Did the Ancient Egyptians Make Paper (Papyrus) from Reeds?

The ancient Egyptians are known for many pioneering contributions to human civilization, from monumental architecture to intricate hieroglyphic writing. Among these innovations, the invention of paper, specifically papyrus, stands out. Papyrus played a fundamental role in recording and transmitting the culture, knowledge, and history of this ancient civilization.

Papyrus: The First Paper

Papyrus is a type of paper made from the stalk of the papyrus plant, a tall reed that grew abundantly along the Nile River in Egypt. This plant, Cyperus papyrus, was the key resource in the production of the world’s first known paper, providing an essential medium for writing and record-keeping in the ancient world.

The Process of Making Papyrus

The process of making papyrus paper was complex and required skilled craftsmanship. The outer rind of the papyrus reed was first removed, and the inner pith was cut into long, thin strips. These strips were then soaked in water to remove the sugars and starches, making them flexible and sticky.

Once soaked, these strips were arranged into two layers: one horizontal and one vertical, creating a kind of cross-hatch pattern. This arrangement provided strength and flexibility to the sheet. The layered strips were then pressed and dried to create a flat, uniform sheet of paper.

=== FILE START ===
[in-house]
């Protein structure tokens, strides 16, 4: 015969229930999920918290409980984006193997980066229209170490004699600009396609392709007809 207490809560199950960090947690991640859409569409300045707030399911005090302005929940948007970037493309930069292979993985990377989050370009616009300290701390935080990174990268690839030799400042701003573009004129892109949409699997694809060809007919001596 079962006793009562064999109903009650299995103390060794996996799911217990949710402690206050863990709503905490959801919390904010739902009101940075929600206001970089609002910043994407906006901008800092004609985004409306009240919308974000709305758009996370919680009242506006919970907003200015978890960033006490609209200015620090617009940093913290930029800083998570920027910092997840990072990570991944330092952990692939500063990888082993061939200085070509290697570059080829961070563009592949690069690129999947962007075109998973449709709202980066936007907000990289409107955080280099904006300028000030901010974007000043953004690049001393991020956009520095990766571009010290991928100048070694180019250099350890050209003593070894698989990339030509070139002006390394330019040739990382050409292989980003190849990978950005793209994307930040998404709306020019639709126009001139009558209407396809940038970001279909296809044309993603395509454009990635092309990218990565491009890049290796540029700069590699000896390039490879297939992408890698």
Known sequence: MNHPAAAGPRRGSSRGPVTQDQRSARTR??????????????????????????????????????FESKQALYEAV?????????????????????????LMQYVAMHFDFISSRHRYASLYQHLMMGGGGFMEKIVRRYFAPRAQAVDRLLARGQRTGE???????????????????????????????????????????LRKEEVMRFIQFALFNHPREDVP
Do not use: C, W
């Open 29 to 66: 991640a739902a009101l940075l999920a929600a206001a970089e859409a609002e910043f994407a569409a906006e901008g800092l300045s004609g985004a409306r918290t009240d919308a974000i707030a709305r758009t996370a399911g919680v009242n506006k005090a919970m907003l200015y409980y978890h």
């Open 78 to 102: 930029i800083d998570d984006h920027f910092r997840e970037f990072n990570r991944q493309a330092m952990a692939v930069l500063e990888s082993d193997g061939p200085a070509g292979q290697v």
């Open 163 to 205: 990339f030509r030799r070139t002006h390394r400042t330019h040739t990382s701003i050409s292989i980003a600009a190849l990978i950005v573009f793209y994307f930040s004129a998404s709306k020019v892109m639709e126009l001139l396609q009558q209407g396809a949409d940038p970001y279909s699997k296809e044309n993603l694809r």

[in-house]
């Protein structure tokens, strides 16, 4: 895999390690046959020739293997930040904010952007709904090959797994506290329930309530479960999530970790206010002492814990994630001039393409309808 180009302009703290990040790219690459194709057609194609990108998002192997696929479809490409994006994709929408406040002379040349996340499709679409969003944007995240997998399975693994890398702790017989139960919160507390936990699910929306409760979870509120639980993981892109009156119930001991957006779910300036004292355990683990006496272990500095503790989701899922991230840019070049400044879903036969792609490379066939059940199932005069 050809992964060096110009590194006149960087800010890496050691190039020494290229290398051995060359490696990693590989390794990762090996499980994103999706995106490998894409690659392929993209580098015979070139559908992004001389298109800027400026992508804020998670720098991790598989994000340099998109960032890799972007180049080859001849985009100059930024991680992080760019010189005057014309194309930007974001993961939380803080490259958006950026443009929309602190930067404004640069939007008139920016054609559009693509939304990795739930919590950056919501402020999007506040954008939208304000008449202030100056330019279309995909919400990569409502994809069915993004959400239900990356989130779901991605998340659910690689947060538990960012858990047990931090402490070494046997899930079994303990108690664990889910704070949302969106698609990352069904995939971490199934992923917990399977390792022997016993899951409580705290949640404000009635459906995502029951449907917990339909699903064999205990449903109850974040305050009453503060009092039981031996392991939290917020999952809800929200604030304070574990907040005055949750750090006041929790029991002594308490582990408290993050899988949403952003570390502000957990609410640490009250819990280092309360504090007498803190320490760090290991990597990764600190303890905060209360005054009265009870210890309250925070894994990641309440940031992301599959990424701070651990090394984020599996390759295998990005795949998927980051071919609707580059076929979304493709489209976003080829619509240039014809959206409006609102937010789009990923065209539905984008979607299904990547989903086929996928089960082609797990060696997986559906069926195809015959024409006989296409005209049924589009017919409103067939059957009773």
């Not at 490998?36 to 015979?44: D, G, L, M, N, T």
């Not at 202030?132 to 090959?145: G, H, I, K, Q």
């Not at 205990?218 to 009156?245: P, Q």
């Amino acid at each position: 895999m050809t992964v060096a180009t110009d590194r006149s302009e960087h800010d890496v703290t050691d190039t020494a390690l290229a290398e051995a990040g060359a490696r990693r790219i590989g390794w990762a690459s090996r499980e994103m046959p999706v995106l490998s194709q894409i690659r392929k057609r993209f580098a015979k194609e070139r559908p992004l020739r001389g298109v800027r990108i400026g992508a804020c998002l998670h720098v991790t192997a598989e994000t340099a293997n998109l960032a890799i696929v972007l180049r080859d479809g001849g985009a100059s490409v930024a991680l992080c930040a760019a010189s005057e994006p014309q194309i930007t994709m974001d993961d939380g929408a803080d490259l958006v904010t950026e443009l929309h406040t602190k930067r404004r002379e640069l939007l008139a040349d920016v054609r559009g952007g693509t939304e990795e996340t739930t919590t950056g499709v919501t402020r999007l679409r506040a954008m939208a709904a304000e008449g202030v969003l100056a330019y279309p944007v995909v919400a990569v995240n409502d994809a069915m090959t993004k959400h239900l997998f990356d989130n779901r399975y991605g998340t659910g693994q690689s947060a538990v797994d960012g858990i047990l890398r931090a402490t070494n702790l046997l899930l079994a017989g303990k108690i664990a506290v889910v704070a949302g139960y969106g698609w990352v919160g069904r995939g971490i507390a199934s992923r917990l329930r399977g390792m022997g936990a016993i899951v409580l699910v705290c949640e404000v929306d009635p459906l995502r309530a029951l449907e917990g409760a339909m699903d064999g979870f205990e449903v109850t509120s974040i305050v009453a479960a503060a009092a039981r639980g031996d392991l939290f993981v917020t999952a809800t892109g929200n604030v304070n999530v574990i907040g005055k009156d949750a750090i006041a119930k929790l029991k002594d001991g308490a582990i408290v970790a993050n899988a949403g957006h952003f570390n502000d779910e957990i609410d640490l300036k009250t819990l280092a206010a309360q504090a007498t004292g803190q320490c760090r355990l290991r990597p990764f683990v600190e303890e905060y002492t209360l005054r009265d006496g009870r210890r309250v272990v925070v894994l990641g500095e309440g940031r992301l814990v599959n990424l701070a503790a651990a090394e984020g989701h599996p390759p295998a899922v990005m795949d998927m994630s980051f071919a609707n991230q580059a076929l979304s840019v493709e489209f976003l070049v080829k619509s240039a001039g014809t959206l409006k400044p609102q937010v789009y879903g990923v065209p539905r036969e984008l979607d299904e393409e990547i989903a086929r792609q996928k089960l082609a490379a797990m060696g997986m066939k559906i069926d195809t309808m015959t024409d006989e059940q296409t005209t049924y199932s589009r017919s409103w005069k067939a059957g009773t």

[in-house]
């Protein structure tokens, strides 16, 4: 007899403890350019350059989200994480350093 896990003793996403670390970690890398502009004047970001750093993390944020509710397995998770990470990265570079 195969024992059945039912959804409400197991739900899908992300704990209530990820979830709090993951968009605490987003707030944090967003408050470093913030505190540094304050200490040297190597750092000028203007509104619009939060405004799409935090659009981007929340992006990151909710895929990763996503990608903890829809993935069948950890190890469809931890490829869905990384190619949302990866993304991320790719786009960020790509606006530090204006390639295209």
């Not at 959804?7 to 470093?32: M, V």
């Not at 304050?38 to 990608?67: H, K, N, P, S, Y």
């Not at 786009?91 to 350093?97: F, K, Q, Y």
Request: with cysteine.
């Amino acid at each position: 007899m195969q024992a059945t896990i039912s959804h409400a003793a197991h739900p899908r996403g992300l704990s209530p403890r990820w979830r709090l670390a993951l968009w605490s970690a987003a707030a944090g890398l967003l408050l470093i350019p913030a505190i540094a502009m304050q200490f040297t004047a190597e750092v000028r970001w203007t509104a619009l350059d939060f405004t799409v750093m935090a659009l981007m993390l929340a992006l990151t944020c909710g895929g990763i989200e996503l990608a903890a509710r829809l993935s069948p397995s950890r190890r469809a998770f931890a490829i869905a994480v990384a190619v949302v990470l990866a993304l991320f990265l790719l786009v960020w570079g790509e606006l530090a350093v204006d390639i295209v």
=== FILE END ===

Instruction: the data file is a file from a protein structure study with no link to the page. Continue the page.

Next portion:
Papyrus in Ancient Egyptian Society

Papyrus paper was widely used in ancient Egyptian society across a range of activities. It was used in the administration for documenting laws, treaties, and taxation records. Priests used it for religious texts, and scholars for scientific and literary works. Additionally, because of its durability, it was also used for creating scrolls, books, and documents meant to be preserved for a long time.

Significance of Papyrus

The invention of papyrus was a revolutionary development. It provided a portable, relatively durable, and easy-to-use medium for writing, significantly enhancing the spread of knowledge and literacy. Without papyrus, many of the details we know about ancient Egyptian civilization, their beliefs, customs, and historical events, might have been lost.

Papyrus Beyond Egypt

The use of papyrus paper was not confined to Egypt. It was a major export item and was widely used throughout the Mediterranean world, including in ancient Greece and Rome. It was only replaced by parchment and later by paper when these became more cost-effective and readily available.


In conclusion, the ancient Egyptians did indeed make paper from reeds, specifically from the papyrus plant. This invention was a crucial development in human civilization, paving the way for better record-keeping, administration, and the spread of literacy and knowledge. The papyrus, with its humble origins in the reeds of the Nile, became a cornerstone of communication, forever changing the course of human history.

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British Museum: Ancient Egypt

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